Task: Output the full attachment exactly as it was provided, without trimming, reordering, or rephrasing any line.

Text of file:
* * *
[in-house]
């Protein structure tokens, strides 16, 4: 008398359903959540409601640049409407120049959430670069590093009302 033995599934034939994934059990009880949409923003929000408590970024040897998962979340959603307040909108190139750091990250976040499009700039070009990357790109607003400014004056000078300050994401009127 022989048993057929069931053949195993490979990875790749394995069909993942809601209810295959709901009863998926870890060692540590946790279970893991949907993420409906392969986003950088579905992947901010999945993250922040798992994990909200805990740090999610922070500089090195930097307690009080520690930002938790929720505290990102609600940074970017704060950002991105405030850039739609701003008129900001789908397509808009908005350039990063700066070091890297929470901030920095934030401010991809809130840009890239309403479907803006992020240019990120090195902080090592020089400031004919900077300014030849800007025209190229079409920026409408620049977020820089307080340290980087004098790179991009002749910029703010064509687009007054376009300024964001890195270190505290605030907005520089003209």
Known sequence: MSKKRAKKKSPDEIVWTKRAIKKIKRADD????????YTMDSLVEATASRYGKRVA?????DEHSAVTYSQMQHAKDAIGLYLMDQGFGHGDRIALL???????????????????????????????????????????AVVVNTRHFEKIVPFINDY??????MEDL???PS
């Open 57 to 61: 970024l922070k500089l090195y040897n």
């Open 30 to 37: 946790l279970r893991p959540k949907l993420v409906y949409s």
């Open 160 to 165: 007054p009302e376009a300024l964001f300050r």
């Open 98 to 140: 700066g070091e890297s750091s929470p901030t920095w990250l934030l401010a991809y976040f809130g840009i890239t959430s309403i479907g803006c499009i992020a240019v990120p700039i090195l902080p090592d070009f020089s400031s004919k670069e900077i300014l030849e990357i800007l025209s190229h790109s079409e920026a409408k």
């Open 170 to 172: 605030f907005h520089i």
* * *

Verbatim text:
[in-house]
């Protein structure tokens, strides 16, 4: 008398359903959540409601640049409407120049959430670069590093009302 033995599934034939994934059990009880949409923003929000408590970024040897998962979340959603307040909108190139750091990250976040499009700039070009990357790109607003400014004056000078300050994401009127 022989048993057929069931053949195993490979990875790749394995069909993942809601209810295959709901009863998926870890060692540590946790279970893991949907993420409906392969986003950088579905992947901010999945993250922040798992994990909200805990740090999610922070500089090195930097307690009080520690930002938790929720505290990102609600940074970017704060950002991105405030850039739609701003008129900001789908397509808009908005350039990063700066070091890297929470901030920095934030401010991809809130840009890239309403479907803006992020240019990120090195902080090592020089400031004919900077300014030849800007025209190229079409920026409408620049977020820089307080340290980087004098790179991009002749910029703010064509687009007054376009300024964001890195270190505290605030907005520089003209």
Known sequence: MSKKRAKKKSPDEIVWTKRAIKKIKRADD????????YTMDSLVEATASRYGKRVA?????DEHSAVTYSQMQHAKDAIGLYLMDQGFGHGDRIALL???????????????????????????????????????????AVVVNTRHFEKIVPFINDY??????MEDL???PS
């Open 57 to 61: 970024l922070k500089l090195y040897n």
């Open 30 to 37: 946790l279970r893991p959540k949907l993420v409906y949409s």
């Open 160 to 165: 007054p009302e376009a300024l964001f300050r």
């Open 98 to 140: 700066g070091e890297s750091s929470p901030t920095w990250l934030l401010a991809y976040f809130g840009i890239t959430s309403i479907g803006c499009i992020a240019v990120p700039i090195l902080p090592d070009f020089s400031s004919k670069e900077i300014l030849e990357i800007l025209s190229h790109s079409e920026a409408k």
């Open 170 to 172: 605030f907005h520089i």